How do you make a feature-length movie about a man trapped in a box both gripping and inventive? It seems fitting that the last film I reviewed was 127 Hours, as these do follow slightly similar premises. 127 Hours, however, had some form of filler before and after the main vocal point of the film, the being trapped in a canyon. But with Buried, the action never leaves the confounds of the coffin in which its main protagonist is trapped. As high concepts go, it’s a bloody good one. An American contractor wakes up trapped underground in a coffin after being ambushed. The only things he has with him are a lighter and a phone. It’s a race against time as he has to find a way out and act towards the demands of his captors. But it does restrict itself. If you’re going to set your film solely in a coffin, you’ve got to have something up your sleeve. And a confident actor in which to anchor it all. They’ve got one better. They’ve got Ryan Reynolds.

There is a definite Hitchcockian styling to this movie, and it certainly isn’t fair away from the sort of material that the Master of Thrillers would work with back in his hey-day. The inspiration is notable straight from the beginning with one of the best title sequences of recent memory, taking clear stylings from the classic work of Saul Bass. It instantly puts you in the atmosphere and setting of this movie; a twisty, tense thriller, with an excellent pulse pounding orchestral score. Is the movie really like that though. When Reynold’s American contractor wakes up in the said coffin following his convoy being ambushed whilst on a job, there are many questions in place. Why was he ambushed? What did the attackers pick him to be buried? Why is he only equipped with a lighter and mobile phone?

Now, if I’m going to criticise this film in any way, it would have to be with how the story developes. It does very well with developing a strong which is confined to a wooden box, but there seem to be ares which are going to be established but then left hanging; such as Reynold’s Paul possibly being unfaithful to his wife. There is also not that much of a shocking twist or great revelation, it plays out fairly simply. Which is a bit of a shame and does diminish the effect slightly. But it doesn’t top the ending being as tense and as gut-wrenching as it is. And the great variations of shot set ups employed by first English-speaking feature from director Rodrigo Cortes always keeps the proceedings visually engaging and suitably atmospheric.

The strongest point of this movie is how well you engage with the character of Paul as a spectator. This is due to following him so vicariously, but also because of the strength and charisma of Reynolds in the role. If anything, I think it is more worthy of nominations than James Franco’s performance was in 127 Hours. Reynolds has to do so much more, he is literally on his own from start to finish, whereas Franco had fellow performers a the beginning and the end. 127 Hours also relied a lot more on surreal delusions to push the visual boundaries of the restricted concept and expand it in any way possible. Buried merely does that with its varied camera positions, surprisingly diverse in a such a restricted setting. Reynolds brings to the role, indeed any role he inhabits, a strong likeability that instantly allows you to connect with his character, even when he plays an asshole in the likes of Adventureland. Buried really does rely entirely on the power of his performance and skill as an actor to carry a film like this on his shoulders. And he relishes the role. It must be a young actors dream to be given the opportunity to be in a film like this, showcasing their talents one-on-one with the camera. The term ‘tour-de-force’ has never been better qualified for a performance then it does here. It really is a great shame that Reynolds hasn’t received more award buzz, perhaps it is because this movie is a bit too experimental and indie for award boards to take it into account. I doubt it’s going to harm Reynolds career too much, even if Green Lantern looks pretty tacky.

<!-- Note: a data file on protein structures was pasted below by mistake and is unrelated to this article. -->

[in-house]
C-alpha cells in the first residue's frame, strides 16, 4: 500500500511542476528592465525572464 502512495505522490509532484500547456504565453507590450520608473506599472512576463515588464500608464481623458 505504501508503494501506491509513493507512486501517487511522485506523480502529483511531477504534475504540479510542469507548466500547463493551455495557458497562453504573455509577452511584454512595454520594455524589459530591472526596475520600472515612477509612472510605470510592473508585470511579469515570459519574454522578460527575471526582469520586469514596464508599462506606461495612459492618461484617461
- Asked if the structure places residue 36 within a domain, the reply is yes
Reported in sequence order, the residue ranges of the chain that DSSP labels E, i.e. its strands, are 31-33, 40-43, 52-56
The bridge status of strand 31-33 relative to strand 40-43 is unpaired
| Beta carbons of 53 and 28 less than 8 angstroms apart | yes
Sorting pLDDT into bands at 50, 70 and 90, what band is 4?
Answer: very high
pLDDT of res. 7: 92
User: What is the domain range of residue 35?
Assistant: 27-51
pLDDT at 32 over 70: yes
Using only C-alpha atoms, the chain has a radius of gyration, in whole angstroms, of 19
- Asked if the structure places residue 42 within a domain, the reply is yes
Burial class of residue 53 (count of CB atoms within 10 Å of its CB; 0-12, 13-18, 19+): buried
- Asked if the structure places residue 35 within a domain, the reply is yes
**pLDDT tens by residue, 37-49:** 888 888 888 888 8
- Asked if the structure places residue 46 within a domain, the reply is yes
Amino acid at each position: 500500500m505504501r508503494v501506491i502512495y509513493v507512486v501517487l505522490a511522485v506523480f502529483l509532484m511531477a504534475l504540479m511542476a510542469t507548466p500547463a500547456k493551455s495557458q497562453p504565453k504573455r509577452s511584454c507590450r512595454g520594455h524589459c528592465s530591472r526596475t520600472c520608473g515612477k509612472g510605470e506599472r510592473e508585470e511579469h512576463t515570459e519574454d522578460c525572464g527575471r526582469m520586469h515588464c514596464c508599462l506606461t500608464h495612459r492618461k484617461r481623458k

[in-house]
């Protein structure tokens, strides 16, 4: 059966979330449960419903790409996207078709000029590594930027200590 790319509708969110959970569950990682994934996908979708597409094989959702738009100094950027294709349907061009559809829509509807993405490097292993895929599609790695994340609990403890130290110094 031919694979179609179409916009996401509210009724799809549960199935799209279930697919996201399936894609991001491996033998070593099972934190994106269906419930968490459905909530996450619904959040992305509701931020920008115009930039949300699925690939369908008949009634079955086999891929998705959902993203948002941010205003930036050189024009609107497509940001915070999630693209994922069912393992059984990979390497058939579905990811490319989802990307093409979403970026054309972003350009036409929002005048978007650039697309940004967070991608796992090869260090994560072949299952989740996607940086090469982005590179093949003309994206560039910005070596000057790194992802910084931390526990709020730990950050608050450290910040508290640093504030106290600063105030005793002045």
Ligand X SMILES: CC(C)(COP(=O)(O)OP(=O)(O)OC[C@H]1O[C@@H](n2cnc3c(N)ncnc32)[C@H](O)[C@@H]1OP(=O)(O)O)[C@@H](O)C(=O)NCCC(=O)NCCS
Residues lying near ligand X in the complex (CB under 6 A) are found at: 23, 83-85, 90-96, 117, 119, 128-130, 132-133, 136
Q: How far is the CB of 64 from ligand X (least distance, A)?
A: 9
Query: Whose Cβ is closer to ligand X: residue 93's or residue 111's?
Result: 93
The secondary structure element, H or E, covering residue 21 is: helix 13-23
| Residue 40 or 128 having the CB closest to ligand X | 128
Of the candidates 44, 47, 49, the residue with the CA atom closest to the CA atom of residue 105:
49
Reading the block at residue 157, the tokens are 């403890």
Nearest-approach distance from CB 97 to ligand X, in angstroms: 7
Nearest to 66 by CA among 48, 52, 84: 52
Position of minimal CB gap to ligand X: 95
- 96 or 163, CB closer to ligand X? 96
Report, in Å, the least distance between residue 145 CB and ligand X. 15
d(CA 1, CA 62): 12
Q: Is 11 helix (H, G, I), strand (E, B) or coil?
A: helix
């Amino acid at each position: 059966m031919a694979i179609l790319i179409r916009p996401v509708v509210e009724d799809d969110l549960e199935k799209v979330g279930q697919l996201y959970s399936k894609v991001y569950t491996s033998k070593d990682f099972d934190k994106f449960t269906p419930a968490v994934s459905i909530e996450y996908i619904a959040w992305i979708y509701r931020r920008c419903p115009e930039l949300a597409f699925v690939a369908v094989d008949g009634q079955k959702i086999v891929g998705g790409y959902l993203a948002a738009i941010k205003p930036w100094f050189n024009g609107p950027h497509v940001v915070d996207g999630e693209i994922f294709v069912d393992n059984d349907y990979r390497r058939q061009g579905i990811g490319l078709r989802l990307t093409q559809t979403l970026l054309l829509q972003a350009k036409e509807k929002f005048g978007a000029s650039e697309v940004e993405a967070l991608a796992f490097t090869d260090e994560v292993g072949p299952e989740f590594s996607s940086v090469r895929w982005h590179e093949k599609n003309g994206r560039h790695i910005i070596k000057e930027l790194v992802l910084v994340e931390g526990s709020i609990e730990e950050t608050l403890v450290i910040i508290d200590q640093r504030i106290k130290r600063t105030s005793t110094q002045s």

This movie highlights how well filmmakers can establish tension and conflict in such a restricted setting, and on a very small budget ($3 million to be exact). It is also an incredibly strong feature from Cortes, who manages to craft tension like a pro. The only problem is with the restricted narrative, it doesn’t have that far to go and it shows. Despite their being no big twist or revelation, you are constantly engaged with the movie, thanks to the amount of talent both in front of the camera (so just Reynolds then) and behind it. I have to say though, if you’re easily claustrophobic, but still really want to watch this, then try to watch it in place where you won’t feel closed. Maybe outside. In a field of some sort.

4/5- The narrative doesn’t hold many surprises, but the atmosphere is expertly crafted, suitably claustrophobic and tense, all anchored by the exceptional, stand-alone  performance of one Ryan Reynolds.